While you are exploring this summer, send Refinemark a postcard and you may win a set of our beautiful letterpressed social postcards.  2168 Meadow Vale Drive Victoria BC V9B 6J2

Don’t Forget to Write!

Summer offers the best combination of excitement and relaxation. If you have plans to get away during the summer you might be in “count down” mode, gathering your gear and getting set to jet. Perhaps your summer is dedicated to pure relaxation close to home. Either way vacation times are great opportunities to connect via letters or postcards. Keeping with the vacation theme, postcards offer convenience and fun.

If you are travelling, picking up a local postcard and searching out a post office can be a great way to mingle with the locals. Writing from a cafe table or at the beach carries your experience  to the receiver in a much fresher way than a text or email. Imagine the delight that your intended receiver will have when they see your handwriting on the back of a postcard. These are connections that are hard to beat.

You might also want to send postcards to yourself! I know when I am on vacation, the days are so busy that unless I record the day’s events in my travel journal, whoosh, they are gone as new sights and sounds replace them. When you arrive home, your mailbox is full of postcards and written vignettes of your vacation, ready to enjoy again.

Refinemark would love to receive a postcard from you as you travel this summer. Send a card to 2168 Meadow Vale Drive, Victoria BC V9B 6J2 and you may win a set of our own postcards.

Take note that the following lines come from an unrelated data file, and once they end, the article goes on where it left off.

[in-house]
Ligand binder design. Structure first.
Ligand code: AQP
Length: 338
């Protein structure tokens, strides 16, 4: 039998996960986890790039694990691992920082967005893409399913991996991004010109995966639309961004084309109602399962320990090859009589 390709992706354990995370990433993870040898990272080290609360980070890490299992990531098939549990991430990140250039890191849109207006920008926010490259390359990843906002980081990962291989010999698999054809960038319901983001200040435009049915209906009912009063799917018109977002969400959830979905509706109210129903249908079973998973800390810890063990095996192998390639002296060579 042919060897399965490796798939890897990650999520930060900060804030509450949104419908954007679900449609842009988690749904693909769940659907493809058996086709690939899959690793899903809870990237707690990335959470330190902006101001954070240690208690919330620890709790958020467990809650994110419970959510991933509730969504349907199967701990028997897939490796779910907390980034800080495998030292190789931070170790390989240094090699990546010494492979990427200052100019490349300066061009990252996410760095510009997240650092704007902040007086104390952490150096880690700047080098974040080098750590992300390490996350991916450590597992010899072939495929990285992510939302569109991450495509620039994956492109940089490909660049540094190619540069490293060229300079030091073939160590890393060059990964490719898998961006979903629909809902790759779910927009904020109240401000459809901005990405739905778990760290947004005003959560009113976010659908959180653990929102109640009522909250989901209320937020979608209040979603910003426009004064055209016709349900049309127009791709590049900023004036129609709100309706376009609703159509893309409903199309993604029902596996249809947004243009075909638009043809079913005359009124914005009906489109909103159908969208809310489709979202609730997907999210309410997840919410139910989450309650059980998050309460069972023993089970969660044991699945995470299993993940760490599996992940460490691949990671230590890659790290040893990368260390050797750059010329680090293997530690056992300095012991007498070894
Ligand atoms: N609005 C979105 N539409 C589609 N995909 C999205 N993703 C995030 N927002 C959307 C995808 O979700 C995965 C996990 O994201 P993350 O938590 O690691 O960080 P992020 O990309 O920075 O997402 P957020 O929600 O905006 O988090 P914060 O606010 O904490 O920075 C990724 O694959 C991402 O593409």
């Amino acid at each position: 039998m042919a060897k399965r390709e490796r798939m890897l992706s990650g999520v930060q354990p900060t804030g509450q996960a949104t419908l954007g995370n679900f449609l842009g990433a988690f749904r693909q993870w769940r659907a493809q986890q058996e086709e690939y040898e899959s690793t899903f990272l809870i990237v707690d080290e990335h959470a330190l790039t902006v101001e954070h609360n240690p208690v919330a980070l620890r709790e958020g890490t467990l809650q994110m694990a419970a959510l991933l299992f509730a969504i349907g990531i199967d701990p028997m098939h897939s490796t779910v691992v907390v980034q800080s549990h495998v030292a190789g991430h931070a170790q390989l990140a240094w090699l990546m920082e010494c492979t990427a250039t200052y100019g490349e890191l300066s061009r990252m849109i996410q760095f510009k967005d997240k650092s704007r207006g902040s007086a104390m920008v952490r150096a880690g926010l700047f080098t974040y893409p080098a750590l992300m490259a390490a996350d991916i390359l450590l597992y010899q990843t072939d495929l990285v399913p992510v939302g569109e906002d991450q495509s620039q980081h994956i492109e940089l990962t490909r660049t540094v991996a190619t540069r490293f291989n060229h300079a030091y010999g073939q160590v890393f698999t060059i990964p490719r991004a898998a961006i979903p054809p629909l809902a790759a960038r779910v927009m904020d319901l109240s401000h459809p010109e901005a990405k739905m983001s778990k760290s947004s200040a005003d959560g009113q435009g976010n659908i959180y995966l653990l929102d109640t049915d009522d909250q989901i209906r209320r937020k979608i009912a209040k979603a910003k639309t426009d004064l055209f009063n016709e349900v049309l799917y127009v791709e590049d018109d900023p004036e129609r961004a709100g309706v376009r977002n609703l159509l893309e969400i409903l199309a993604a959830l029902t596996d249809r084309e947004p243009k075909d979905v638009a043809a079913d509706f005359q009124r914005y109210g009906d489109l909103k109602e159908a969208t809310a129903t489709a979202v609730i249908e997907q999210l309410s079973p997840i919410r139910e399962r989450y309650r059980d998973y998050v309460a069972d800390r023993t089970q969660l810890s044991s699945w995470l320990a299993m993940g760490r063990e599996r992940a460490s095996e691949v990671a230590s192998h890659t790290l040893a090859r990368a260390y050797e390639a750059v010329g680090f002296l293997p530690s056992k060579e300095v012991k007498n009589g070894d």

Just Post It!

Don’t  you love finding a postcard from afar in your mailbox? One of life’s little pleasures is now a rare treat but has lost none of its appeal for senders and receivers. Clearly the precursor to the tweet or txt but loaded with much more charm.

We tend think of post cards bearing images of tourist attractions, basically advertisements meant to encourage travel. Travelers can send a few words of their experience back home and remind the receiver they are remembered. A gift! Who hasn’t pinched a hotel postcard as a souvenir of their stay? A bundle of hotel postcards can make a compact collection of architecture and travel style.

The standard 4″ x 6″ postcard does more than sell scenery.  They are a great way to get around the “No Photos” rule in museums and galleries.  Most gift shops carry postcards of highlight exhibits.  Taken by professionals, they are often better than the image you sneak with your phone.  Mailing them to your own address gives you something to look forward to when you return home. Tacked to the wall of your work station, they are mini mental breaks as you toil through the mundane.

Other cultural institutions produce postcards advertising performance dates and serve as a take away poster.  In 1923 the Bauhaus school in Weimar announced its first exhibit by having the students and masters create postcards to raise interest and invite influential guests.  Recently a collection of 20 original postcards was purchased by New York’s MOMA  and features the work of Klee and Kandinsky.

Refinemark would love to receive a postcard from you this summer.  Send a card to 2168 Meadow Vale Drive, Victoria BC, Canada V9B 6J2 and you may win a set of our own postcards.

“Send me things in the mail. Wherever you go, I don’t care where you go, just send me something in the mail from where you are.” —Wallace Berman

The Maple Leaf … Forever!